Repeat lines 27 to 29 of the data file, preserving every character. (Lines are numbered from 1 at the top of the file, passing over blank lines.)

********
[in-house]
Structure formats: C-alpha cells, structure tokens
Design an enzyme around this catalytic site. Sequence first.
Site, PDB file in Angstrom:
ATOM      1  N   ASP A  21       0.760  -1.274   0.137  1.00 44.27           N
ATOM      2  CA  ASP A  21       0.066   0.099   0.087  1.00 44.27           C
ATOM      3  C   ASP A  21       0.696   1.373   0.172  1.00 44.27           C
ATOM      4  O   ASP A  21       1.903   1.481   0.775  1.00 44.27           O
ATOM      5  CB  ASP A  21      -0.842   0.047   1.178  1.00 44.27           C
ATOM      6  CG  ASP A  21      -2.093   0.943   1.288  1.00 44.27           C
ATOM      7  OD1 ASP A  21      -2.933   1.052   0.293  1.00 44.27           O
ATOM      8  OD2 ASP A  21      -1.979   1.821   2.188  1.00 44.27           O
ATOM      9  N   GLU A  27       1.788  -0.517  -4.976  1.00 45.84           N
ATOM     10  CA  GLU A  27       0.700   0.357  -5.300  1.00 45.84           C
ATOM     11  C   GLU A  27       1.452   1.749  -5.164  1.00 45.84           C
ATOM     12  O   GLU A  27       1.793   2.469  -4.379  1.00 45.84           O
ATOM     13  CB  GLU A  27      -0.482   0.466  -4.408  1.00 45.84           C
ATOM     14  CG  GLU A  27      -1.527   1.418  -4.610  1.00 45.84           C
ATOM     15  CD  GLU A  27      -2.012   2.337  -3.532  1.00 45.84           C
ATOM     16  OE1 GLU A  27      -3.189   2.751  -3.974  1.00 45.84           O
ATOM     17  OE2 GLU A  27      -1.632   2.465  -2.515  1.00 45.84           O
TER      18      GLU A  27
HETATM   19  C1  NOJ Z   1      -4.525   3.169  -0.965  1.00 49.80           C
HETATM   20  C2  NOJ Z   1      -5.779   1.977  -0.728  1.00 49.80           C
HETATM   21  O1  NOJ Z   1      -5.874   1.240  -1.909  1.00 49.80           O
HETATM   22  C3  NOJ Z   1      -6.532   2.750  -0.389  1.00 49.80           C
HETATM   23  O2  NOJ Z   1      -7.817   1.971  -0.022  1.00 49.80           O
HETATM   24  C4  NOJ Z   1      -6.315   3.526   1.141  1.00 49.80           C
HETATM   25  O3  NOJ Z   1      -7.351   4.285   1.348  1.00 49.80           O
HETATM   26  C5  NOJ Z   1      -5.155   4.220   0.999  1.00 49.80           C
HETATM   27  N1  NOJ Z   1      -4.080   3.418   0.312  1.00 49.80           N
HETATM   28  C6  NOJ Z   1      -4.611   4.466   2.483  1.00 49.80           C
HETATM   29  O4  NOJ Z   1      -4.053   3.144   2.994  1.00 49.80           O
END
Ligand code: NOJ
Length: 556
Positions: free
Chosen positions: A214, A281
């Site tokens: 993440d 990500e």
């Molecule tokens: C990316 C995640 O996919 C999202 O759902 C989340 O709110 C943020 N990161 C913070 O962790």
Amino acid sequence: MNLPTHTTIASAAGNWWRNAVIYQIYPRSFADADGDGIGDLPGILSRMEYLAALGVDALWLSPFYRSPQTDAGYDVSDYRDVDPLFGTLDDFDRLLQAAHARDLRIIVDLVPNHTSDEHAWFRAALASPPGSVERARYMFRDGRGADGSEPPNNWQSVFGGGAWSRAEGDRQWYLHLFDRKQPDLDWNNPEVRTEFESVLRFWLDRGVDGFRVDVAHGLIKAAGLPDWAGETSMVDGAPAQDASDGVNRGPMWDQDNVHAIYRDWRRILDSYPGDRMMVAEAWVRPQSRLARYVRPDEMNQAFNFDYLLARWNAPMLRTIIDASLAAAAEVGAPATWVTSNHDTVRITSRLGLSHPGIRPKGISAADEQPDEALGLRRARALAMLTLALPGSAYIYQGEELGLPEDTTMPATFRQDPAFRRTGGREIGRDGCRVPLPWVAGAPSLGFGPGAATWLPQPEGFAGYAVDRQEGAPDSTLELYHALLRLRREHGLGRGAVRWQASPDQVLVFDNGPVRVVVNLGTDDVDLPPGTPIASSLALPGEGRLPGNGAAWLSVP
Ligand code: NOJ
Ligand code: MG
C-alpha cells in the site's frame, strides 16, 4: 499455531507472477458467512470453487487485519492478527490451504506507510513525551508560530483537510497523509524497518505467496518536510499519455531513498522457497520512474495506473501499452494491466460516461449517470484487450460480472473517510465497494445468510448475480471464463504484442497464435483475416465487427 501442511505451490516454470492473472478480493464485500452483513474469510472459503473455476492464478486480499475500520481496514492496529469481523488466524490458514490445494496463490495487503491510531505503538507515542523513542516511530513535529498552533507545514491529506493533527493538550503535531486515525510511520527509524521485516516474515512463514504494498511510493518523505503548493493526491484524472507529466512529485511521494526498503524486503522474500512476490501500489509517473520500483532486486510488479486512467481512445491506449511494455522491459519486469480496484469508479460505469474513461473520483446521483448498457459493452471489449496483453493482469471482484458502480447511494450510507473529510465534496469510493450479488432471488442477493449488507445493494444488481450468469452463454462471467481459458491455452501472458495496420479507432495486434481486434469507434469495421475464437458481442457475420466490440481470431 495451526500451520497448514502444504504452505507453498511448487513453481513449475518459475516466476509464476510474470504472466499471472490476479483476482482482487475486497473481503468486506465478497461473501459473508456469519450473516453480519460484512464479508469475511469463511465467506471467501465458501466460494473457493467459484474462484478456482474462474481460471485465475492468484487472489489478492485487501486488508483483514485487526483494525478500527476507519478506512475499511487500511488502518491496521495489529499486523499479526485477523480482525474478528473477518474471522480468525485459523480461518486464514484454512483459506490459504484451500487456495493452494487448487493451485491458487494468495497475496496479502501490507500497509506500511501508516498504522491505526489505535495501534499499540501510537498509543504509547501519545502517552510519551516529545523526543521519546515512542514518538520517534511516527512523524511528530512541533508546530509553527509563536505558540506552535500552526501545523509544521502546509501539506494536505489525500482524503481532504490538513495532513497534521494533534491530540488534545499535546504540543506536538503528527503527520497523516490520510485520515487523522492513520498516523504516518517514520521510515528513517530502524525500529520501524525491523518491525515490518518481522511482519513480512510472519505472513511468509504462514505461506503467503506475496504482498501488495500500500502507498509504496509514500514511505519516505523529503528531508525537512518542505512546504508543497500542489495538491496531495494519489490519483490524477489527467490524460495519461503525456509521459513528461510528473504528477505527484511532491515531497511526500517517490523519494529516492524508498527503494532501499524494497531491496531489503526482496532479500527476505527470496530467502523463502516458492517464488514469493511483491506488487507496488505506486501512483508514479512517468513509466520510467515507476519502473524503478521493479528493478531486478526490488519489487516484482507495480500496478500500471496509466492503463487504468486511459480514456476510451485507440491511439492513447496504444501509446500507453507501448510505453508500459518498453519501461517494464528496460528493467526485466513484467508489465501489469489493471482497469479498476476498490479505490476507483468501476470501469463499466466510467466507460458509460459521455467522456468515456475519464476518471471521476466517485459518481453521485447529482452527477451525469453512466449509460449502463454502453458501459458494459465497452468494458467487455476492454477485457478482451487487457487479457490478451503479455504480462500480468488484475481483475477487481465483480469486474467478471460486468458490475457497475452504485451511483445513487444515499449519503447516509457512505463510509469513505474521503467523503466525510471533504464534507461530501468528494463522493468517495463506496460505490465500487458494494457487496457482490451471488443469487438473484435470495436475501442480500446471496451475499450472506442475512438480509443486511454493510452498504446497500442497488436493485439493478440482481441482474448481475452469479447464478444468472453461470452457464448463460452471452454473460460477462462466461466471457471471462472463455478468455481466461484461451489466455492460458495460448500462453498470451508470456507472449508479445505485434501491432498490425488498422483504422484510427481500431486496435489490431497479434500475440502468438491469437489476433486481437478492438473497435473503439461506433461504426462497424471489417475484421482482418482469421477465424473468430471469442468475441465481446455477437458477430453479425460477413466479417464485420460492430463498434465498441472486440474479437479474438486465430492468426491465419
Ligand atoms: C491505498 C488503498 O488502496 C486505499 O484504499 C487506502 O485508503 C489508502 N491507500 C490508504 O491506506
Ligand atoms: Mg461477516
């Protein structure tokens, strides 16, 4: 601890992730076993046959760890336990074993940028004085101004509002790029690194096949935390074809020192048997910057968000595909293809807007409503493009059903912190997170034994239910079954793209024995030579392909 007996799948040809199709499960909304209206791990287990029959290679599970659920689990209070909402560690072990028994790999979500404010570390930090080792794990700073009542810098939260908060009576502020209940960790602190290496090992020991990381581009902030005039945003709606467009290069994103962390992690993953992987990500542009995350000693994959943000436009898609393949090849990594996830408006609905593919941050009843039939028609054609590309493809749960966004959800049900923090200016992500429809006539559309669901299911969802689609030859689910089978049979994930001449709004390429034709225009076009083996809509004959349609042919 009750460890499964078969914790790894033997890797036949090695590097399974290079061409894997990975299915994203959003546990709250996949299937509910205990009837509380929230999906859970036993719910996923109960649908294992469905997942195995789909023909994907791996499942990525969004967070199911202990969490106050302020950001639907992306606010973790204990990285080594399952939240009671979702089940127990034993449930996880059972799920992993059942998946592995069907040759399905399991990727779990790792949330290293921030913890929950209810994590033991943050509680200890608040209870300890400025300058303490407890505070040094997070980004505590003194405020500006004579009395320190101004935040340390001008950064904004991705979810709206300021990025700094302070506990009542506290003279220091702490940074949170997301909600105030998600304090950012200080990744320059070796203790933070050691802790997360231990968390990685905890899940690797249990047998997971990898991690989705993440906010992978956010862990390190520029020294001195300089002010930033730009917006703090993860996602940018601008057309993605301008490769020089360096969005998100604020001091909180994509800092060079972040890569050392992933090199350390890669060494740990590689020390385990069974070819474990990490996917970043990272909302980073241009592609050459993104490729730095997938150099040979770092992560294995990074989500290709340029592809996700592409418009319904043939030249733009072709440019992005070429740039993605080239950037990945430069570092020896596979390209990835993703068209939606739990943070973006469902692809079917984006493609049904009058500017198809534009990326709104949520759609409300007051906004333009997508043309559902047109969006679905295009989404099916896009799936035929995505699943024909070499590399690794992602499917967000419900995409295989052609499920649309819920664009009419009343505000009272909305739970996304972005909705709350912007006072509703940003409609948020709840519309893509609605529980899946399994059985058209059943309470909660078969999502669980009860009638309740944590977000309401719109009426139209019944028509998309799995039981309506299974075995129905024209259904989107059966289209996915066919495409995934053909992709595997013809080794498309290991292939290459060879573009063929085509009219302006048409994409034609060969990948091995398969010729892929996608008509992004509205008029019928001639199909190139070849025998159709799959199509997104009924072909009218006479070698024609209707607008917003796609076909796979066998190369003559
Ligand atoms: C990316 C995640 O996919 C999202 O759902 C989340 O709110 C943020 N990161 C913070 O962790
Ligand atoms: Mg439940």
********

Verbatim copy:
HETATM   23  O2  NOJ Z   1      -7.817   1.971  -0.022  1.00 49.80           O
HETATM   24  C4  NOJ Z   1      -6.315   3.526   1.141  1.00 49.80           C
HETATM   25  O3  NOJ Z   1      -7.351   4.285   1.348  1.00 49.80           O